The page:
Toyota calls it Genchi Genbutsu. A key principle of the giant automaker's corporate code, the Japanese words roughly translate to "go and see and see for yourself;" as in, travel beyond your confines to find a solution in the real world.
So when Toyota Financial Services' executives demanded improved asset liability management and financial forecasting from treasury and financial planning, both organizations did just that. Risk managers and forecasters metaphorically knocked down walls, and collaborated to frame common objectives, identify problems and develop and execute a solution; in this case, a process that provides decision support for asset liability management (ALM), hedging, financial planning, business-target setting and performance management.
Both sides braced for difficulties. "We had been working in parallel universes with limited interaction, and without full appreciation of each other's roles," says Amit Shroff, corporate finance director, who worked closely with Vanita Aggarwal, national manager of risk and capital. "This challenge required a holistic approach."
Previously, treasury used limited Excel models that did not incorporate the full balance sheet for ALM and interest-rate hedging support. Financial planning and analysis' forecasting relied on decades-old technology and sub-optimal controls to forecast financing margin. "Our goal was to move to a comprehensive current technology platform that met all our needs," says Shroff.
The first step was to implement SQL server technology, BancWare ALM5 from SunGard, so that data, methodology and processes could be aligned. But that was just the beginning. The real challenge was learning each other's cultures, viewing the balance sheet through each other's lenses and developing an appreciation for each others skill set via the frequent collaboration to provide a company level solution. "This was a real game changer," says Shroff.
In the end, both sides--and Toyota's $80 billion lending and insurance umbrella--won. As a result of these cross-functional efforts, Toyota Financial Services exceeded its 2008 forecast finance margin goal of less the 3% to come in less than 1%--compared to an historical modeling variance greater than 5%. They did it on budget and with no additional hires. And, in the process, they created a new metric that the asset liability management committee (ALCO) is using to make decisions. CFO John Stillo was pleased. "Great job in forecasting, particularly when you think about the volatility we experienced this year," he congratulated the team that made it happen.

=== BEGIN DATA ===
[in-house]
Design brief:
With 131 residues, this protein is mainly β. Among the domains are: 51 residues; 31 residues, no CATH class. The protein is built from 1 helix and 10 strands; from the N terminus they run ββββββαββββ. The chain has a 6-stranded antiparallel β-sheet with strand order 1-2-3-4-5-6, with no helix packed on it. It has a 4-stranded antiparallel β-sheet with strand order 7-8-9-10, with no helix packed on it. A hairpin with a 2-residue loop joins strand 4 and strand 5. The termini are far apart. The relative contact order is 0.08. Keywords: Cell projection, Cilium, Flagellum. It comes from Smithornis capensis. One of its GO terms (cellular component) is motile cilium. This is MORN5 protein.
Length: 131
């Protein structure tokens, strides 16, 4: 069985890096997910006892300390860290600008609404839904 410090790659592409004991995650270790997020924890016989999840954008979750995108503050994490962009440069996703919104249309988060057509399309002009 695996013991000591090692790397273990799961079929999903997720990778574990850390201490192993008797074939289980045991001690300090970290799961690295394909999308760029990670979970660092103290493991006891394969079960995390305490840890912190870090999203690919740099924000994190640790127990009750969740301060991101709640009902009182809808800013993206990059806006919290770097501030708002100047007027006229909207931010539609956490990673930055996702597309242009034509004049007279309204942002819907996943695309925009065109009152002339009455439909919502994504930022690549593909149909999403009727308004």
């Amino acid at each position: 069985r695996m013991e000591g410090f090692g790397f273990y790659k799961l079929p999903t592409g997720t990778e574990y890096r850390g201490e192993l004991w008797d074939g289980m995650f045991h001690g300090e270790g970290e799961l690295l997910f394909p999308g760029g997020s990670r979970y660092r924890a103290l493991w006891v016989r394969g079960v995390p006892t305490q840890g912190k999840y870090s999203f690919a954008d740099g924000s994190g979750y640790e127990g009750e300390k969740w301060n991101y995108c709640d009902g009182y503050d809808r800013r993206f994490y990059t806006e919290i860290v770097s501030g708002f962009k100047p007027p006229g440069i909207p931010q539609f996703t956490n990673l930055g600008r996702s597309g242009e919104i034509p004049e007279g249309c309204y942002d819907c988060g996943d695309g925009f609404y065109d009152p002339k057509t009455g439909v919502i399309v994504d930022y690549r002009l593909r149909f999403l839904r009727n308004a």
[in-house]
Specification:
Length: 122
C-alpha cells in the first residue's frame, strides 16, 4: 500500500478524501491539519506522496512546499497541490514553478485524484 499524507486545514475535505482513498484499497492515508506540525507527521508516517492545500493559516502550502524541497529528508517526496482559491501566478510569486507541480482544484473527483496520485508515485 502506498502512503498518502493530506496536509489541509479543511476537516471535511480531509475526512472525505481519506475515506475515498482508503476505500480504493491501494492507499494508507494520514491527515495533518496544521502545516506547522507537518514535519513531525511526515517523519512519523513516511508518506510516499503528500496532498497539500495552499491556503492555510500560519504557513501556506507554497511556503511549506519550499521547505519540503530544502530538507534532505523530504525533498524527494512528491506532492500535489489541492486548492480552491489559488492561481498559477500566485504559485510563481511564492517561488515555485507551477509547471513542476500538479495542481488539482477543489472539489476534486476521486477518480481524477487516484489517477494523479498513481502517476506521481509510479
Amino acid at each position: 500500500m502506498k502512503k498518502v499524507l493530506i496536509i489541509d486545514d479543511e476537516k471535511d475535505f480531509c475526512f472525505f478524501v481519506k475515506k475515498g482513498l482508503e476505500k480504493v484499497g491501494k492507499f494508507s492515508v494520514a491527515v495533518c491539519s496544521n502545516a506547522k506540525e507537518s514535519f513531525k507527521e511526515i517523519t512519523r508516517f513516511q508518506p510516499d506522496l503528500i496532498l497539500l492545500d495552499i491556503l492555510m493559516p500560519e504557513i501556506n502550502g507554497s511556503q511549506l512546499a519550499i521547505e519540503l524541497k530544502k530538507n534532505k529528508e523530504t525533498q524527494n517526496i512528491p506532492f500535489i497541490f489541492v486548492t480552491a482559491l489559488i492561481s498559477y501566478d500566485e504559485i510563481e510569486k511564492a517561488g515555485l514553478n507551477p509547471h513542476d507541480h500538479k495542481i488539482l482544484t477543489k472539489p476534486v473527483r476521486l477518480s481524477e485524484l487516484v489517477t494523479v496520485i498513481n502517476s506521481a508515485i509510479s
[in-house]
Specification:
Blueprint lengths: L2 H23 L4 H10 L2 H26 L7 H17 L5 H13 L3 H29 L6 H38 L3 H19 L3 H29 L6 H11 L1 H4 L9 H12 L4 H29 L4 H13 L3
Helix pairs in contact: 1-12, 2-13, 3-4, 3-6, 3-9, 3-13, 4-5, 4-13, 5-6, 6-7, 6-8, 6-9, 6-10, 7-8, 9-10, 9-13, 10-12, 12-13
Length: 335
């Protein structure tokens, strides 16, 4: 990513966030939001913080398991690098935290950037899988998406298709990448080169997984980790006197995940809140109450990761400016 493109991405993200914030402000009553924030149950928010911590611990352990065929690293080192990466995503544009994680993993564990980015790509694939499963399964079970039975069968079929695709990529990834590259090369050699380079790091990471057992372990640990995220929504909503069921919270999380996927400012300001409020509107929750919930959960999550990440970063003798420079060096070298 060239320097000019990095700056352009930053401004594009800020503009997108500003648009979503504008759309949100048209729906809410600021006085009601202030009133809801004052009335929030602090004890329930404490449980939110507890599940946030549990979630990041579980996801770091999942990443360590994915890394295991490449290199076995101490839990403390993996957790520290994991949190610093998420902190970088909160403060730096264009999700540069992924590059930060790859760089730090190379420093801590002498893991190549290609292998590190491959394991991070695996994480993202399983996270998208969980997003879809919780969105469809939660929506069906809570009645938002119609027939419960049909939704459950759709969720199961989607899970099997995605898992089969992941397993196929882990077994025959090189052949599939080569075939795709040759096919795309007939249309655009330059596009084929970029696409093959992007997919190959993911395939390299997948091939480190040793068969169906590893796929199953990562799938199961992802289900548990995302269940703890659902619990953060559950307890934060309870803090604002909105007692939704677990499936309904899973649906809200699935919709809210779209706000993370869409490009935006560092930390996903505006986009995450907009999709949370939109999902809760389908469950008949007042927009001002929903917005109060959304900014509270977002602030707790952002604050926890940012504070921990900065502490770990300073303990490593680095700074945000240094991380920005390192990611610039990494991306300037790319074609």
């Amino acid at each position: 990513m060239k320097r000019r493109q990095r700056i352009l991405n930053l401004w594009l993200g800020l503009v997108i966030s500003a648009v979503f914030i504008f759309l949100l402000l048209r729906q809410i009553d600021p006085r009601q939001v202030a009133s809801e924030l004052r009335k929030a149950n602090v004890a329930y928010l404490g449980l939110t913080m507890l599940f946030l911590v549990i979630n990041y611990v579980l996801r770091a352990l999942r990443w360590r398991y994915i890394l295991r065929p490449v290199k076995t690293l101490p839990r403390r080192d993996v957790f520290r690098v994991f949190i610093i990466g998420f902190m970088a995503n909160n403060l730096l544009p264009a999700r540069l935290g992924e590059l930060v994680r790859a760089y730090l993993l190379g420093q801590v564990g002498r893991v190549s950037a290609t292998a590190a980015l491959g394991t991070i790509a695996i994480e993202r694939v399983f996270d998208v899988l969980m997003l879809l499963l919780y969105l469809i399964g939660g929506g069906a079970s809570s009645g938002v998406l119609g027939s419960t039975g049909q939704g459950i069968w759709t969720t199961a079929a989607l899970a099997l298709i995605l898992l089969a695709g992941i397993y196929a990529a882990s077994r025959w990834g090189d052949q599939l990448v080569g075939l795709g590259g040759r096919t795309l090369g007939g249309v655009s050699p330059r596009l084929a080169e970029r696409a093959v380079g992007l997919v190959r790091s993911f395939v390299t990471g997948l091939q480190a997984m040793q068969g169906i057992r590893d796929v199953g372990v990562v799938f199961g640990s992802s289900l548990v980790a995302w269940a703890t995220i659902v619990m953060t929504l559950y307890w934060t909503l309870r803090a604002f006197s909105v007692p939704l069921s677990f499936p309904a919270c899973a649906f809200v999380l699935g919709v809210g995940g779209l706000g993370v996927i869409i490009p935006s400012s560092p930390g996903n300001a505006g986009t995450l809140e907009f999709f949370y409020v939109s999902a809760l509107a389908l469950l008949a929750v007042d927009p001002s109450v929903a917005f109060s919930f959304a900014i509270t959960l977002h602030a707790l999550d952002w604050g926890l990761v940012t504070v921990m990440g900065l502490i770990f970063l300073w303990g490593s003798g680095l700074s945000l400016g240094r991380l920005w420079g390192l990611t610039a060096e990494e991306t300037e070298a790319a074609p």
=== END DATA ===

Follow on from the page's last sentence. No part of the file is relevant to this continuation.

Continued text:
Shroff and Aggarwal led a team including Shobhan Bhatt, consultant; Dan Bruening, IT manager; Charles Chao, senior financial analyst; Lisa Chao, senior financial analyst; Farouq Jiwani, financial risk manager; Yong Kim, national manager, decision support; Kevin McConahey, planning and control manager; Yuko Yogi, senior financial analyst; and Ted Zarrabi, senior financial analyst.
First, the group consulted The Toyota Way--the automaker's corporate bible, which provided the advice the team needed to go forward. Genchi genbutsu is a key tenant, but not the only one. Associates are urged to pursue relentless reflection, or hansei, and continuous improvement, or kaizen, with the understanding that decisions should be made slowly by consensus, considering all options and implementing decisions rapidly.
Team members met weekly to catch up on other participants' progress and define upcoming objectives. The level of granularity in the data structure and timelines had to be determined jointly due to competing interests, Shroff says. "The mind-set changes."
He should know. Shroff was director of market risk at the start. But he switched sides--though they don't see it that way now--to head up business planning in corporate finance. He says the move was made possible by the cross-fertilization experience.
The seeds continue to grow. "Working under the tent together allowed us to develop relationships that will continue," Shroff says.